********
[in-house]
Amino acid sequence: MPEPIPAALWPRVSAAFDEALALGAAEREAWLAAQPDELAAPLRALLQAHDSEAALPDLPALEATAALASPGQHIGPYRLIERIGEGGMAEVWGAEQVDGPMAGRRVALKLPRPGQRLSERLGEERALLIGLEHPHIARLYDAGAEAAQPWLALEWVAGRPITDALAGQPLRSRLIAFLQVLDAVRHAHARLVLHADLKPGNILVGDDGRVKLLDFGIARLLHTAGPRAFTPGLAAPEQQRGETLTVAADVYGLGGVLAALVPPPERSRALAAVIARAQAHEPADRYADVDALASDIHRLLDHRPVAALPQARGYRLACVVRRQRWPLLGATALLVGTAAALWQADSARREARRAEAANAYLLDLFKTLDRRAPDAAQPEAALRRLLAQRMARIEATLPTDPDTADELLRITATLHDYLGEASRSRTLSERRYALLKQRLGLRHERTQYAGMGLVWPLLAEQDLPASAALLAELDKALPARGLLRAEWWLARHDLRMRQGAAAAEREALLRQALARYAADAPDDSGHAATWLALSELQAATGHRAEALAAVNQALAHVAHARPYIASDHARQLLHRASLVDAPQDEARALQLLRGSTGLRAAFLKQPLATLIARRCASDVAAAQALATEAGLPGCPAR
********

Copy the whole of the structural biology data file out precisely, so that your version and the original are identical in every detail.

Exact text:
[in-house]
Amino acid sequence: MPEPIPAALWPRVSAAFDEALALGAAEREAWLAAQPDELAAPLRALLQAHDSEAALPDLPALEATAALASPGQHIGPYRLIERIGEGGMAEVWGAEQVDGPMAGRRVALKLPRPGQRLSERLGEERALLIGLEHPHIARLYDAGAEAAQPWLALEWVAGRPITDALAGQPLRSRLIAFLQVLDAVRHAHARLVLHADLKPGNILVGDDGRVKLLDFGIARLLHTAGPRAFTPGLAAPEQQRGETLTVAADVYGLGGVLAALVPPPERSRALAAVIARAQAHEPADRYADVDALASDIHRLLDHRPVAALPQARGYRLACVVRRQRWPLLGATALLVGTAAALWQADSARREARRAEAANAYLLDLFKTLDRRAPDAAQPEAALRRLLAQRMARIEATLPTDPDTADELLRITATLHDYLGEASRSRTLSERRYALLKQRLGLRHERTQYAGMGLVWPLLAEQDLPASAALLAELDKALPARGLLRAEWWLARHDLRMRQGAAAAEREALLRQALARYAADAPDDSGHAATWLALSELQAATGHRAEALAAVNQALAHVAHARPYIASDHARQLLHRASLVDAPQDEARALQLLRGSTGLRAAFLKQPLATLIARRCASDVAAAQALATEAGLPGCPAR